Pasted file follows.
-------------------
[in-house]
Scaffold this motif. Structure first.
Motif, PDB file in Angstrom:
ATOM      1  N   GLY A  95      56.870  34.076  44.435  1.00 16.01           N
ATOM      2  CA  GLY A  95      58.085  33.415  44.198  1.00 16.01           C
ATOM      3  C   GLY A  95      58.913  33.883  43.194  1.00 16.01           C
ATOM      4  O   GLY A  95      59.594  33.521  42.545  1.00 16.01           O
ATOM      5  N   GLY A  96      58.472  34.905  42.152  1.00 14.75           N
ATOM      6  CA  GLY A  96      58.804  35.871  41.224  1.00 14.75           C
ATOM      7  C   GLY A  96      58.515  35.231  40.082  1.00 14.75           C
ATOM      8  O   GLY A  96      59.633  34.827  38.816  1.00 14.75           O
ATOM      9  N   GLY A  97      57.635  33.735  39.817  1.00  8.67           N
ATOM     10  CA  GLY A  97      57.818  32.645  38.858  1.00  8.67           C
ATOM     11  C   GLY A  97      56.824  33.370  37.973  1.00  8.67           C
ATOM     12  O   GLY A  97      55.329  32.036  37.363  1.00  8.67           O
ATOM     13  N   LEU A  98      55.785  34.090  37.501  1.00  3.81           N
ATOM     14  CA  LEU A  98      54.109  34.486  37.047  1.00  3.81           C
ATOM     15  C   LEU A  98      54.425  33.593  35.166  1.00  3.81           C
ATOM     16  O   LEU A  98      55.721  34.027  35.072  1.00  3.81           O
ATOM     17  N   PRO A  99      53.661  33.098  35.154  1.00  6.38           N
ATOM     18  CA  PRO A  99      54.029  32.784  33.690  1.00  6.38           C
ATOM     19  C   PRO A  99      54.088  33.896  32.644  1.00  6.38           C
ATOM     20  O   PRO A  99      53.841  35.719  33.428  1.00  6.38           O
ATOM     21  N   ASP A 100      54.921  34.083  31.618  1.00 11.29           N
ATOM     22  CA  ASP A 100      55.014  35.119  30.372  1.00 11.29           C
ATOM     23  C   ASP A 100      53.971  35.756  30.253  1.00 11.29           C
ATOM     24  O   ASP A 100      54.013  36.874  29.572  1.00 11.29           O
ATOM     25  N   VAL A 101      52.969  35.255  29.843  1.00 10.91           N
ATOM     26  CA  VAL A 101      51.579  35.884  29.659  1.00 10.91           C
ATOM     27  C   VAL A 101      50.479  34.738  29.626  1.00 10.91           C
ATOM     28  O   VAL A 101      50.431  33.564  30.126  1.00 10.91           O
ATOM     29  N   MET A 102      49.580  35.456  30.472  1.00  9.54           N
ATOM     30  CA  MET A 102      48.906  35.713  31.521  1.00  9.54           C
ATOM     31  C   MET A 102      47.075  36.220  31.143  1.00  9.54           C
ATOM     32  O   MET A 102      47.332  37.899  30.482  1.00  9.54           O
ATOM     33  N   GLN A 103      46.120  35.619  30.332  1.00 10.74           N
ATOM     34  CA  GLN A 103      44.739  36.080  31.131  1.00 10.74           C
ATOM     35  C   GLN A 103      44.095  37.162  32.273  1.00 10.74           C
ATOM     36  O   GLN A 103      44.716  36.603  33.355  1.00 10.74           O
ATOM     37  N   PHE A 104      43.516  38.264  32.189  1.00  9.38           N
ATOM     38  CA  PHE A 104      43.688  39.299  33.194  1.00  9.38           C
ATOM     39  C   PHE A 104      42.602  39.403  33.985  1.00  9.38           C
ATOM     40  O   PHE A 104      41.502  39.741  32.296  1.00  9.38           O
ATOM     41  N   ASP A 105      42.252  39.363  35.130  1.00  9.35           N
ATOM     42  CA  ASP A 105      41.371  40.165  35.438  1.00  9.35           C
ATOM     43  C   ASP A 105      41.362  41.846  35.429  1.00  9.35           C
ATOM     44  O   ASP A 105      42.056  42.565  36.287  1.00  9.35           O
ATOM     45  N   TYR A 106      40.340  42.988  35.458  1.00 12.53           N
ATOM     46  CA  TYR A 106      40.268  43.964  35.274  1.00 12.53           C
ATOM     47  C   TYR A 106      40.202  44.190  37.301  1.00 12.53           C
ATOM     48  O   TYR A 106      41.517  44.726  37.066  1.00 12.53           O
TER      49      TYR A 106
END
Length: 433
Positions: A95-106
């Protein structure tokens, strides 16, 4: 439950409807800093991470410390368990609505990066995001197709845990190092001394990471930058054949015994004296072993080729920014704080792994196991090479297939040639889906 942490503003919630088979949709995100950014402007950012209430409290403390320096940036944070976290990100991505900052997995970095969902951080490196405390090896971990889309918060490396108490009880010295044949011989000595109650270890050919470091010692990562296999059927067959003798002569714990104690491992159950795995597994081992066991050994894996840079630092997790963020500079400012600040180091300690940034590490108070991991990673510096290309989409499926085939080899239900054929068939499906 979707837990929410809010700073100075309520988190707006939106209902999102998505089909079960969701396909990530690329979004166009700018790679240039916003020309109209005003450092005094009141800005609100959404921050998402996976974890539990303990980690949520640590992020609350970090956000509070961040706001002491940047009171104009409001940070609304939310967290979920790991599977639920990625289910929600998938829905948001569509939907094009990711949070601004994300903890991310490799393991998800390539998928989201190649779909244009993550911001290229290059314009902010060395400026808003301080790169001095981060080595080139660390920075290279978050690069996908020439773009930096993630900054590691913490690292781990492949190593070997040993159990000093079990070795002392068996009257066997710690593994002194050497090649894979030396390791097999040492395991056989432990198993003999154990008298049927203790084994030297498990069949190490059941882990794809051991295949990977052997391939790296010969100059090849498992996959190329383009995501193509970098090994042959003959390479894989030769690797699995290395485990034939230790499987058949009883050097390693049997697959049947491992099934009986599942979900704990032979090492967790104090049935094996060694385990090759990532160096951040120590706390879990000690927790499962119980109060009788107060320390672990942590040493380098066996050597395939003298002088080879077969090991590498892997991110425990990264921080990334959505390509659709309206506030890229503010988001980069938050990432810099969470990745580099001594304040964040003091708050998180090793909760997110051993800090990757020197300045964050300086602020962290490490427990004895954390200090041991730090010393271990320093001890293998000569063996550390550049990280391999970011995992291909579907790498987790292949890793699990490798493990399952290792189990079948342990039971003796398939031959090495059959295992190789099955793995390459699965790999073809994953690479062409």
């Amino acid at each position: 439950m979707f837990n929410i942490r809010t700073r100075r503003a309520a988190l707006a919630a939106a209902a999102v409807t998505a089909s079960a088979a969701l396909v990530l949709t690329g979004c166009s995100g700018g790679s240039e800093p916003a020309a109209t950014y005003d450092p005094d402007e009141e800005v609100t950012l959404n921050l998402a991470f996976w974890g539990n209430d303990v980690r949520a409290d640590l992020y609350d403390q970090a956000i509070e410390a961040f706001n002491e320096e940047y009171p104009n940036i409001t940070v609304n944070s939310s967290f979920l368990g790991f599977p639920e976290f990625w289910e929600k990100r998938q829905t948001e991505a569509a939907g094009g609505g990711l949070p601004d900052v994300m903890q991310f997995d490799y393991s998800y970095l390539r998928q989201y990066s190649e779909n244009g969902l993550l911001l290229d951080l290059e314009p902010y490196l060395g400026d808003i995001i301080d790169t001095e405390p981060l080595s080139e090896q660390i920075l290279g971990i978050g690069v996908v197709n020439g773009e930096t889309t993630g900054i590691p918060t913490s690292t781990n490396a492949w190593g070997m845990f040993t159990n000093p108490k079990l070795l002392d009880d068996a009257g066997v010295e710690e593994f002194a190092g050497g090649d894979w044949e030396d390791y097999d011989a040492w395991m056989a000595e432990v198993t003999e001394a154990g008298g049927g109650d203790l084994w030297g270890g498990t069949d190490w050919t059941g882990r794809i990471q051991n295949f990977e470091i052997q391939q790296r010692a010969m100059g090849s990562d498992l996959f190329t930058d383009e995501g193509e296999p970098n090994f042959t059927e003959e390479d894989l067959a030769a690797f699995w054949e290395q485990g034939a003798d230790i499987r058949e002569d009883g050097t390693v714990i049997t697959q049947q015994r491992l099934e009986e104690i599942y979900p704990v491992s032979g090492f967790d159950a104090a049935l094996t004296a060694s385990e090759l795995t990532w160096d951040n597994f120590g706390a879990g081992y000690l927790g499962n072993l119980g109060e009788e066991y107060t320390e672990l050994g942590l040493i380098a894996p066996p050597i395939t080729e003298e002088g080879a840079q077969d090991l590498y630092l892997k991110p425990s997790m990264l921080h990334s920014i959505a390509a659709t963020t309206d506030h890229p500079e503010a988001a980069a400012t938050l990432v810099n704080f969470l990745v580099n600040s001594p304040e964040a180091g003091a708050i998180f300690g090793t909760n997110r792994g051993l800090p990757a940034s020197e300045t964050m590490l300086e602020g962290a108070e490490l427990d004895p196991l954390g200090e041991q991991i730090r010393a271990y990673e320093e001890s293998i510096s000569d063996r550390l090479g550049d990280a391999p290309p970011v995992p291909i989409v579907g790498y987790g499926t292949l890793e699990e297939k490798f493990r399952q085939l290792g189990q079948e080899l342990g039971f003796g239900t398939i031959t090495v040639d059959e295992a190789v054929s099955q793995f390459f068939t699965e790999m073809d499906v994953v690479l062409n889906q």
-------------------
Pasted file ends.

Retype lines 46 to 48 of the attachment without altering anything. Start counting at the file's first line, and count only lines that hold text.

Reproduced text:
ATOM     43  C   ASP A 105      41.362  41.846  35.429  1.00  9.35           C
ATOM     44  O   ASP A 105      42.056  42.565  36.287  1.00  9.35           O
ATOM     45  N   TYR A 106      40.340  42.988  35.458  1.00 12.53           N